Editorial

Celebrating Mother Earth | Editorial

Editor’s note: A previous version of this article had incorrect information regarding the Great Islands Cleanup. The editorial has been updated to reflect the correct information.

As the days grow longer and warmer, the birds start to sing and the flowers bloom, I can’t help but stand in awe of the beauty of this planet we live on. We all reside on a spinning rock floating through space encircling a giant ball of gas, just far enough away that Earth is able to support a vast array of complex living organisms.

On Thursday, April 22, many countries around the globe will celebrate the wonders of the planet in numerous ways, as part of Earth Day. The observance of Earth Day began in the United States in 1970, 20 years later it had grown to be honored in more than 140 countries. Last year, Earth Day was celebrated for the 50th time in the U.S.

On earthday.org, the official website for the international Earth Day celebration, it says the holiday began because, “In the decades leading up to the first Earth Day, Americans were consuming vast amounts of leaded gas through massive and inefficient automobiles. Industry belched out smoke and sludge with little fear of the consequences from either the law or bad press. Air pollution was commonly accepted as the smell of prosperity. Until this point, mainstream America remained largely oblivious to environmental concerns and how a polluted environment threatens human health.”

On April 24, the semiannual Great Islands Cleanup will take place on all four of the ferry-served islands.

In keeping with San Juan County’s COVID-19 guidelines, wear your masks, practice social distancing, and remain with your household or ”pod.” There will be no congregating or gathering activities this year. For more information, visit www.plasticfreesalishsea.org events for more information about the events on all the islands.

Lopez

Meet between 9-10 a.m. behind the Public Works buildings next to LSWDD (the Dump to pick up trash collection equipment and receive beach and roadway assignments.). Due to COVID considerations, registration will be a drive thru event where participants can register for a beach or road route, borrow trash grabbers, vests, and gloves. The first Zero Waste Hero Award will be given to Mike Moore this year at 10 a.m. following the registration. For more information about beach clean-up, contact James Skeet Townley, jtownley@blm.gov, or by calling 509-860-3972. To pick up garbage along roads, contact Nikyta Palmisani at Nikytap@lopezsolidwaste.org.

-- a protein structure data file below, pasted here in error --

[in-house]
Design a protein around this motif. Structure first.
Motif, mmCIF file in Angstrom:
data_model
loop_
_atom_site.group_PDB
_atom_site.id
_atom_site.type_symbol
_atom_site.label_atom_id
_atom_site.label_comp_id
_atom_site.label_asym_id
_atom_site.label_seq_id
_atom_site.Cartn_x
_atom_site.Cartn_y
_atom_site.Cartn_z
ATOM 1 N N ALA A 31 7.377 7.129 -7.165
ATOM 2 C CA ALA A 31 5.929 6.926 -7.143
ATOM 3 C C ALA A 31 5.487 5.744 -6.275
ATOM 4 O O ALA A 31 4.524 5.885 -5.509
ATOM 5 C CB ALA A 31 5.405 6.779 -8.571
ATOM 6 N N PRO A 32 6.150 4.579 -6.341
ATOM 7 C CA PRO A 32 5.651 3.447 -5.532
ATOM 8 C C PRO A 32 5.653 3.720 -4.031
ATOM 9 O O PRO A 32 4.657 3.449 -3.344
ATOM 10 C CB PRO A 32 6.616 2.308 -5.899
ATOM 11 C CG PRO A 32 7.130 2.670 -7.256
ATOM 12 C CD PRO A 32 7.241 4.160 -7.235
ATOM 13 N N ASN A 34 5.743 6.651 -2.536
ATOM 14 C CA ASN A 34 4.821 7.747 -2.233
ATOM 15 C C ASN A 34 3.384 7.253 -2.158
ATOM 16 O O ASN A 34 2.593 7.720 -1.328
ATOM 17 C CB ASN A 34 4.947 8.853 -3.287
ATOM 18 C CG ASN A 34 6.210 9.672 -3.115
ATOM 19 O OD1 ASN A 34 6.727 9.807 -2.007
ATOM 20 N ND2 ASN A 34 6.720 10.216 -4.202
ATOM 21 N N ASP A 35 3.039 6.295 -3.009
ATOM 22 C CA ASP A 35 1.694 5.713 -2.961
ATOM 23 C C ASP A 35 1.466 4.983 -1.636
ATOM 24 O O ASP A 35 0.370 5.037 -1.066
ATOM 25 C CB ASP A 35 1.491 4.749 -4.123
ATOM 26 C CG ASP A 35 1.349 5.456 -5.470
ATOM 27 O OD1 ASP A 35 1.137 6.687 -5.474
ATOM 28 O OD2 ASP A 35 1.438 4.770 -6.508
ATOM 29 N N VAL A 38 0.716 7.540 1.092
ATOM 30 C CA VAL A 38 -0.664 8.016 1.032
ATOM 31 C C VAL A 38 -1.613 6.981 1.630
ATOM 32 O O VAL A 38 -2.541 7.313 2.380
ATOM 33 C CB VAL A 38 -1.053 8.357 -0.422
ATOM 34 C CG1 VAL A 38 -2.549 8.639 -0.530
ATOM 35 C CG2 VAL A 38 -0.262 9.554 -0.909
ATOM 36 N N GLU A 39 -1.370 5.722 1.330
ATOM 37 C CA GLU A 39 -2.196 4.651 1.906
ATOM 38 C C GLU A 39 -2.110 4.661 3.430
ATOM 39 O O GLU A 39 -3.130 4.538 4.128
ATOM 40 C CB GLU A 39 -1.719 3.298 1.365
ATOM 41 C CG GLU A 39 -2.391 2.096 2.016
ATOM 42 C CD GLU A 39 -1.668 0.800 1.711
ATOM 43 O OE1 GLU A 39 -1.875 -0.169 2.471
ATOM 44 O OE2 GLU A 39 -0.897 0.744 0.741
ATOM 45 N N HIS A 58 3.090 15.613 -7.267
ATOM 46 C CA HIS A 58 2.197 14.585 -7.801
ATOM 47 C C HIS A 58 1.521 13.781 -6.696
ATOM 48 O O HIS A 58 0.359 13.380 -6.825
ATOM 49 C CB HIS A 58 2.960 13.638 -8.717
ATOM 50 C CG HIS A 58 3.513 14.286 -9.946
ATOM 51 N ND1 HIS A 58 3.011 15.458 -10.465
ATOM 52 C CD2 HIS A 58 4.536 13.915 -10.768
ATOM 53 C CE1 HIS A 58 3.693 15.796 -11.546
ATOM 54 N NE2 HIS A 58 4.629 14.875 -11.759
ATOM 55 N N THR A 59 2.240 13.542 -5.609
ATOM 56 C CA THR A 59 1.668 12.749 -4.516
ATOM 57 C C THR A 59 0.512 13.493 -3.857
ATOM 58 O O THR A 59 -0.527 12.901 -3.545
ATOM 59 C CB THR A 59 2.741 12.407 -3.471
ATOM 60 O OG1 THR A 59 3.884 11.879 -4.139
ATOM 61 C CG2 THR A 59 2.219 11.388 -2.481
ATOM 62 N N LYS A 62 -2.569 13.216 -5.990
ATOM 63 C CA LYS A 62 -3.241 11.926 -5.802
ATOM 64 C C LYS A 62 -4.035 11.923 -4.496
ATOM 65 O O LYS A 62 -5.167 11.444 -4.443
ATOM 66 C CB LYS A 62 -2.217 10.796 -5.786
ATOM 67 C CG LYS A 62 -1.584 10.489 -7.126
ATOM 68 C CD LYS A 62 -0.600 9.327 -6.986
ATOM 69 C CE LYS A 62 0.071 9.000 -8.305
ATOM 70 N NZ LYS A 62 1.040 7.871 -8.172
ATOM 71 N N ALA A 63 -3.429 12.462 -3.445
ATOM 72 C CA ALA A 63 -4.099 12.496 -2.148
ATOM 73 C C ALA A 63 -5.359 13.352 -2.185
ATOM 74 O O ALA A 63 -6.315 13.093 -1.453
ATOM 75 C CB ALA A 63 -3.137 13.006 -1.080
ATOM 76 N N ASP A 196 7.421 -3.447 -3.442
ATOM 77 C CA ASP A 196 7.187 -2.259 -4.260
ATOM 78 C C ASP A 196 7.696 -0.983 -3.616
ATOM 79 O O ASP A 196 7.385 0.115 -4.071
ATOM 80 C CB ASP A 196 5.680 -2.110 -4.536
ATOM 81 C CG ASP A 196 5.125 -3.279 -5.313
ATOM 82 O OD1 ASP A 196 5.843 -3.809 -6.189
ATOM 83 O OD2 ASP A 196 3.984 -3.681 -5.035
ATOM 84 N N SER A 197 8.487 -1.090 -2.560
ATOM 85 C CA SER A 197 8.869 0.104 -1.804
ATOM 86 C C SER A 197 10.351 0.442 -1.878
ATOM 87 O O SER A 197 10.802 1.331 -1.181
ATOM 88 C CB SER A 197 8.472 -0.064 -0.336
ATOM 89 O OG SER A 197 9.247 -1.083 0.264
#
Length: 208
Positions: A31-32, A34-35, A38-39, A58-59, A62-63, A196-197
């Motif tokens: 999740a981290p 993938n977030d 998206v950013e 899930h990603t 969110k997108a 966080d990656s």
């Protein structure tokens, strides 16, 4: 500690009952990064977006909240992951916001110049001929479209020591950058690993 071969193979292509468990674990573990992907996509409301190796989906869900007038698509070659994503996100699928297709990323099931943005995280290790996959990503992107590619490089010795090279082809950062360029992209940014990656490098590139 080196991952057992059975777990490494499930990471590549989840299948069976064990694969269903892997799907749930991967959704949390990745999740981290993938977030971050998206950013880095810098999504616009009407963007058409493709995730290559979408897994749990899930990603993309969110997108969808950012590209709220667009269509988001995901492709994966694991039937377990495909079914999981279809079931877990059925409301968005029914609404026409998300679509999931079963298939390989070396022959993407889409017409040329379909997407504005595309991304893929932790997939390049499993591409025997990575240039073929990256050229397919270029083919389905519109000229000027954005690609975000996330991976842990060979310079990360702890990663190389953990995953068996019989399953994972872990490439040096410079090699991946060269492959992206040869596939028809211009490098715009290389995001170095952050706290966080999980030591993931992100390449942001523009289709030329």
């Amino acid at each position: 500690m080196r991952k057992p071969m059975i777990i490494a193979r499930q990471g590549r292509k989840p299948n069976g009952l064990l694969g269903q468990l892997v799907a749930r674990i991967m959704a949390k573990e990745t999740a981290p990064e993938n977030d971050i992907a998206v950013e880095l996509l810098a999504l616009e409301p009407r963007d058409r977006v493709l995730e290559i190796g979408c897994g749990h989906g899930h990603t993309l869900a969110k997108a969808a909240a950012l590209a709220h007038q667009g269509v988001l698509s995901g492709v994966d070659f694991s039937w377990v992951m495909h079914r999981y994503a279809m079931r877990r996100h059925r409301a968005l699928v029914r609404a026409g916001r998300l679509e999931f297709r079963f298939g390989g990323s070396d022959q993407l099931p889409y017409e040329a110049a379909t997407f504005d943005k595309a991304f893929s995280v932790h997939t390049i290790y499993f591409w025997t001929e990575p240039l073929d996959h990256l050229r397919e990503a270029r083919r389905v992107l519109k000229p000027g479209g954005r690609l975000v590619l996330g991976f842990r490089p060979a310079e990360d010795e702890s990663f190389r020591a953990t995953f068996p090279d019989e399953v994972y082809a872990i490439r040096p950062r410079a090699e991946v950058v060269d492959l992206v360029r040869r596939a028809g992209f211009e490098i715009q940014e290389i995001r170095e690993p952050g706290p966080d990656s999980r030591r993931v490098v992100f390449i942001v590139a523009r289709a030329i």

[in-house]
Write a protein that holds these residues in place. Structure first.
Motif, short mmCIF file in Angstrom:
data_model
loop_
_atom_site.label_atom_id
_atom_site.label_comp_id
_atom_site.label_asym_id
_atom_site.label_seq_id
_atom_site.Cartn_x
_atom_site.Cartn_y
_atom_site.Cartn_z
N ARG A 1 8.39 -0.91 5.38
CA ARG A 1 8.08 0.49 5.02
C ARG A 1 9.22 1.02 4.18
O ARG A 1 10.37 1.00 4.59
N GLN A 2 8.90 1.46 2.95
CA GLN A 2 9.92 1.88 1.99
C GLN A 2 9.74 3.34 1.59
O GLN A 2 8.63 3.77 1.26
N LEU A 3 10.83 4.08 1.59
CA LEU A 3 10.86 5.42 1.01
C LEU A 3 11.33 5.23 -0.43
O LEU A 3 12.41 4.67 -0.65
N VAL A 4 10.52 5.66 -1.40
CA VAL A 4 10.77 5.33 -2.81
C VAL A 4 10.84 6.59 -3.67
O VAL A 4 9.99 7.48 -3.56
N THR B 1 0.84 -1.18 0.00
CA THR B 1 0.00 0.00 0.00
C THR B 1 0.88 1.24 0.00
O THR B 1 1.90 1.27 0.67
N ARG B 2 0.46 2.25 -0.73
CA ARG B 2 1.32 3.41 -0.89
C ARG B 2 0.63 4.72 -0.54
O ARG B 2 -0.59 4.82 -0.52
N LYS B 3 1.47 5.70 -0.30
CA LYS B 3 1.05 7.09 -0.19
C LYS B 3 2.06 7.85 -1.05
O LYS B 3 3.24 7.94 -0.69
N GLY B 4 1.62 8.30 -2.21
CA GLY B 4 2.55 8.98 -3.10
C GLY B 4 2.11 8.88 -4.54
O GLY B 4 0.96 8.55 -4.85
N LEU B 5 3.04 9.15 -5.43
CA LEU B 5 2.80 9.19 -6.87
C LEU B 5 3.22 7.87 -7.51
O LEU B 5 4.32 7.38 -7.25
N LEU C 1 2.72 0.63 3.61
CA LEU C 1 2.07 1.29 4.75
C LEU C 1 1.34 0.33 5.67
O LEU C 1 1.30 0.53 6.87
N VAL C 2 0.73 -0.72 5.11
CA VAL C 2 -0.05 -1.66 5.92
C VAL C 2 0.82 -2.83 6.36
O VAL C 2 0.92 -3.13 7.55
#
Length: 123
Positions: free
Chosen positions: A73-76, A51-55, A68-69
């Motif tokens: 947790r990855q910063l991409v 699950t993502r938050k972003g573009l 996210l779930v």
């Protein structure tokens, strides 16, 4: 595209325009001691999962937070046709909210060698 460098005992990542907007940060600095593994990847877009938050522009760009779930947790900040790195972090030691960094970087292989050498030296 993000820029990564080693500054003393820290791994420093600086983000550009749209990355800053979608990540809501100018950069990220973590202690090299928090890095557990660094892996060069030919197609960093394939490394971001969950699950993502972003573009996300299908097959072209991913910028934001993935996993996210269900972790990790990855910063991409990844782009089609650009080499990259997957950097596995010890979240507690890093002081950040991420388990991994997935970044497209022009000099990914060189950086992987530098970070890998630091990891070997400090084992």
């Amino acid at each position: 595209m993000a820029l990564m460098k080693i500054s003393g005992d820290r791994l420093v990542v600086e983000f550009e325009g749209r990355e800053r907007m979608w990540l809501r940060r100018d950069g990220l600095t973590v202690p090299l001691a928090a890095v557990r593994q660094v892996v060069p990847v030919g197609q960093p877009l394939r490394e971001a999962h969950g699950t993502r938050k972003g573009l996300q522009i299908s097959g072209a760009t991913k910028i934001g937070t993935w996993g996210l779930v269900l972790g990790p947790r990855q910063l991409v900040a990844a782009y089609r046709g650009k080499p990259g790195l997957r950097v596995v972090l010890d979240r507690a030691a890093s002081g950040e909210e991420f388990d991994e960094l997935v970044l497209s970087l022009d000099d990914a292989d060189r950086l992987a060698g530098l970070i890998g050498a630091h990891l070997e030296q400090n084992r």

Orcas

Meet at the Village Green in Eastsound at 10 a.m. to pick up your trash collection equipment and be assigned a beach or roadway. Be sure to bring back what you collect to the Village Green before 2 p.m. for the great islands diversion challenge. Contact Pete Moe by emailing pete@exchangeorcas.org or calling 360-376-4089.

San Juan

Contact Katie at katie@sanjuans.org to sign-up for a pick-up location (either a road or beach). You can get bags, grabbers, safety vests, and gloves at the San Juan County Public Works office at 915 Spring St. as of April 19. Drive through the Transfer Station at 212 Sutton Road on or around April 24 during regular business hours (from 9 a.m.-4 p.m., Friday–Sunday and from 9 a.m.-noon, Monday) to drop off your litter and report your service. Please remember to have your totals of volunteer hours and miles of beach/road cleaned for the attendant so we can measure our Great Islands Clean-up impact.

Shaw

For more information, contact Jennifer Woodbridge by emailing outsidelanguage1@gmail.com. Email Woodbridge ahead of time if you would like gloves, grabbers or bags. Collected trash can be dropped off at the Shaw Baseball Field parking lot, from 3-5 p.m. on the day of the event.